Compare and contrast...

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The Death of Captain America Omnibus (Review)

I was impressed by the original Captain America by Ed Brubaker Omnibus, but I wasn’t as blown away by his run as almost everyone else seems to have been. A lot of my problems were outside Brubaker’s control – the big Civil War event in the Marvel Universe loomed large over the climax of his run – and, in fairness to him, he worked around it as well as he could have been expected to. His on-going run is continued in a second (albeit smaller) omnibus, succinctly entitled The Death of Captain America Omnibus, which does exactly what it says on the tin, following the events which immediately followed the climax of the last omnibus (even going so far as to reprint the last issue in that volume as the first one in this volume). It’s just over half the size of the early collection – even factoring in the reprint – but I’ll concede that I actually enjoyed it a lot more. Maybe it was the sense that Brubaker was delivering a pay-off to all the threads opened in the first part of his run, or that he was solidly unfettered by editorial mandate this time around, or even that the storyline was considerably more streamlined and focused – no matter what the reason, the vast majority of my (already admittedly small) qualms about the first collection are dealt with here.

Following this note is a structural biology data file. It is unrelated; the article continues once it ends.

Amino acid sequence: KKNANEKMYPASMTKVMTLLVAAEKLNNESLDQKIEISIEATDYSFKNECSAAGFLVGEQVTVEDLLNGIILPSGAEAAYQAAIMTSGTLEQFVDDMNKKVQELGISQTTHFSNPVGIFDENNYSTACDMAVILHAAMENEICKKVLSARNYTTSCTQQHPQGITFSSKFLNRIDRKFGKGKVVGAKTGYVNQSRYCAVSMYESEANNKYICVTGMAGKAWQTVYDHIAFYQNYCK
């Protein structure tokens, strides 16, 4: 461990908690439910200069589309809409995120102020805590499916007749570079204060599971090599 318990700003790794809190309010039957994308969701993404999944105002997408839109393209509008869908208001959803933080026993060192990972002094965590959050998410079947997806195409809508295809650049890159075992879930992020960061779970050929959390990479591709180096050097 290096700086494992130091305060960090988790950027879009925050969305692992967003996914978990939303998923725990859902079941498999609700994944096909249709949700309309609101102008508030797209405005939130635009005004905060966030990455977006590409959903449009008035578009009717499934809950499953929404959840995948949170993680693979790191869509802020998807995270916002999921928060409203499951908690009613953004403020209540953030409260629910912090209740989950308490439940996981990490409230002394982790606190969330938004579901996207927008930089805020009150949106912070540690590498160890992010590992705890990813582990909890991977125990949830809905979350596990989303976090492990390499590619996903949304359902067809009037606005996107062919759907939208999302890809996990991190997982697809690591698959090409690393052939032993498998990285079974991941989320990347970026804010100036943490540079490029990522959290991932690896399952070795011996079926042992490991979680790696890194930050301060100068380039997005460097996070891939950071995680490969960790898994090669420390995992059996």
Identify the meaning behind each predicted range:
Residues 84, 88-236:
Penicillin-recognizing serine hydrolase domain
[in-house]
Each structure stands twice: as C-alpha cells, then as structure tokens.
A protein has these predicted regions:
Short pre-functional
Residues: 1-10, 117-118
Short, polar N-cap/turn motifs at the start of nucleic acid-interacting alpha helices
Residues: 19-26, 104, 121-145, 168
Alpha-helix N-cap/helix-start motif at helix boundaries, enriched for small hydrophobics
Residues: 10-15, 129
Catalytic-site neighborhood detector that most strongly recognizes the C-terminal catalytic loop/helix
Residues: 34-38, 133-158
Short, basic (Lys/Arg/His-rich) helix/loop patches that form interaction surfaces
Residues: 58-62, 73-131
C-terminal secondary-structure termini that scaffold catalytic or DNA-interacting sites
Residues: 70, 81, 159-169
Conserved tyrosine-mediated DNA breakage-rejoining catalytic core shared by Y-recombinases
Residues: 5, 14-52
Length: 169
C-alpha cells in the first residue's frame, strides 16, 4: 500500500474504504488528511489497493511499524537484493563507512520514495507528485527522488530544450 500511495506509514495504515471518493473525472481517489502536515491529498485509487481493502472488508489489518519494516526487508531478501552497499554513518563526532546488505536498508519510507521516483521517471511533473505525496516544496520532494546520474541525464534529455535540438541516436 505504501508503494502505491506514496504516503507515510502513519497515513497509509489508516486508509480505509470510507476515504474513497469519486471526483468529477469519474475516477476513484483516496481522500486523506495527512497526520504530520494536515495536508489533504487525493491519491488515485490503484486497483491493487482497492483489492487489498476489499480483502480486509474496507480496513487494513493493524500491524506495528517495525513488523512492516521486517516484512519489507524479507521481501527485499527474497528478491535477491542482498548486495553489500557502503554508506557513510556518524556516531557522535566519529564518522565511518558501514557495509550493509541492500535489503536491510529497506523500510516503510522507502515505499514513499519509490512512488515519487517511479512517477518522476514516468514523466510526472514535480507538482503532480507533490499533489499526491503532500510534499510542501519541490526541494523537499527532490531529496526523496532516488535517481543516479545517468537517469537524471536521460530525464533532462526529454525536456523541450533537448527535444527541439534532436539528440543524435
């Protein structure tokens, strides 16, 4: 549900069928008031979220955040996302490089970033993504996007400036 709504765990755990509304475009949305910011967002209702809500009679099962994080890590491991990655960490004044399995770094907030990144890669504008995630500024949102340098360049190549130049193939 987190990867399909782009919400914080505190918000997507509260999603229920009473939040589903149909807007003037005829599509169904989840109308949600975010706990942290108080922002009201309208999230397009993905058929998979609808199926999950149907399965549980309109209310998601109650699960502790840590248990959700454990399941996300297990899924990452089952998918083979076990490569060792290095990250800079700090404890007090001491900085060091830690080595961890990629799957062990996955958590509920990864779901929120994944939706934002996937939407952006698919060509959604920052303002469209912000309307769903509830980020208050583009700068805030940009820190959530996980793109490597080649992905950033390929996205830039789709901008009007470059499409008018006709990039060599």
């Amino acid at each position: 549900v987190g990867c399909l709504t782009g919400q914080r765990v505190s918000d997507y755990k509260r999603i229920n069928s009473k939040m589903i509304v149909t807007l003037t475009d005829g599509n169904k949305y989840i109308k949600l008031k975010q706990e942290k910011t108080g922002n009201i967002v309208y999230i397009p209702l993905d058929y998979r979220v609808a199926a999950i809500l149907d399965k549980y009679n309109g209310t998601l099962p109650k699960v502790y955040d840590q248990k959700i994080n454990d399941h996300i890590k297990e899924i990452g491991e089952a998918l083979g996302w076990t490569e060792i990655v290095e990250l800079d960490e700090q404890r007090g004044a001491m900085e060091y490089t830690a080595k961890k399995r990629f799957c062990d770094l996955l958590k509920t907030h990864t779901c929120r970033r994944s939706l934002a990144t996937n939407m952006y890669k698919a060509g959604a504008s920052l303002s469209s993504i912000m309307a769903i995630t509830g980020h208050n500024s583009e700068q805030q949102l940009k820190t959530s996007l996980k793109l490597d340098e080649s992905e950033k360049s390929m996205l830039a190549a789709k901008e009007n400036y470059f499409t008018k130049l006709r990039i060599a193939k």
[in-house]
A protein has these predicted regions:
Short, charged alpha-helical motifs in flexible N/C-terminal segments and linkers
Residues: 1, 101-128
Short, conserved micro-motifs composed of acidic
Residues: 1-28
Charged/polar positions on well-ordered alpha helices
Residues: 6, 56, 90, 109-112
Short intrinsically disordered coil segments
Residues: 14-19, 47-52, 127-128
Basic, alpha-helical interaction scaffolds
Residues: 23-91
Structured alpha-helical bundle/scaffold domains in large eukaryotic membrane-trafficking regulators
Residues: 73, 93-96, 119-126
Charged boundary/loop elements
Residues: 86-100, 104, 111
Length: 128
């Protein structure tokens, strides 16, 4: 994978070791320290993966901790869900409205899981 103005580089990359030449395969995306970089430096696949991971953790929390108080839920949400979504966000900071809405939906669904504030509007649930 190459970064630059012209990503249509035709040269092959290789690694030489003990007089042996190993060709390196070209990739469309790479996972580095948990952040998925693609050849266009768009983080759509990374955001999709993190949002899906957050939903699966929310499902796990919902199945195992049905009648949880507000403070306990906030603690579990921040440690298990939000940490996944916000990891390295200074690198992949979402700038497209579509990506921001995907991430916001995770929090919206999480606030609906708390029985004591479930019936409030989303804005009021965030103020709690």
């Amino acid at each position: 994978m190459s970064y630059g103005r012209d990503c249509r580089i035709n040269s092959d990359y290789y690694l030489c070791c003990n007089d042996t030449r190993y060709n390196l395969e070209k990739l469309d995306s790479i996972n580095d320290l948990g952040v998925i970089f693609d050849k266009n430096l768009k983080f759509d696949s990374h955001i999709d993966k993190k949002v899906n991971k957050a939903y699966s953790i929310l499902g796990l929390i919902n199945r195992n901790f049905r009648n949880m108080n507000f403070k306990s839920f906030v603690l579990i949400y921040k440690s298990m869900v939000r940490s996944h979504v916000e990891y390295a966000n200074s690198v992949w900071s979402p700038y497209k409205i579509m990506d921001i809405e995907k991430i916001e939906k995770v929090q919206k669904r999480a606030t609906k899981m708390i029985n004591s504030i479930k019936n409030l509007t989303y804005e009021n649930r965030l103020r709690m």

That's gonna be a pain to clean...

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Captain America by Ed Brubaker Omnibus (Review)

There’s a lot of buzz out there suggesting that Ed Brubaker’s run on Captain America might be the run on the character, the one for the ages – like Frank Miller’s tenure on Daredevil, for example. I decided that – with the movie coming out next year – it might be worth bringing myself up to speed on the character. While I haven’t finished Brubaker’s run (it’s on-going and I still have to read The Death of Captain America Omnibus), it is a very solid run, packed with great ideas. It’s a clever and well-crafted story that demonstrates that Brubaker has more in him than just gritty pulp like his fantastic runs on Daredevil and Gotham Central. On the other hand, I’m slow to call the run an instant classic – I’d rather finish his run before I make that judgement. Towards the end it feels like Brubaker’s own story has become somewhat derailed by the larger events looming in a shared universe. He’s still an amazing writer and succeeds in keeping the train mostly on the tracks, but one gets the sense that the collection would have been better if he had been granted complete control over it.

"Hey, Cap, what are we staring at?""You'll know it when you see it, Bucky; you'll know it when you see it."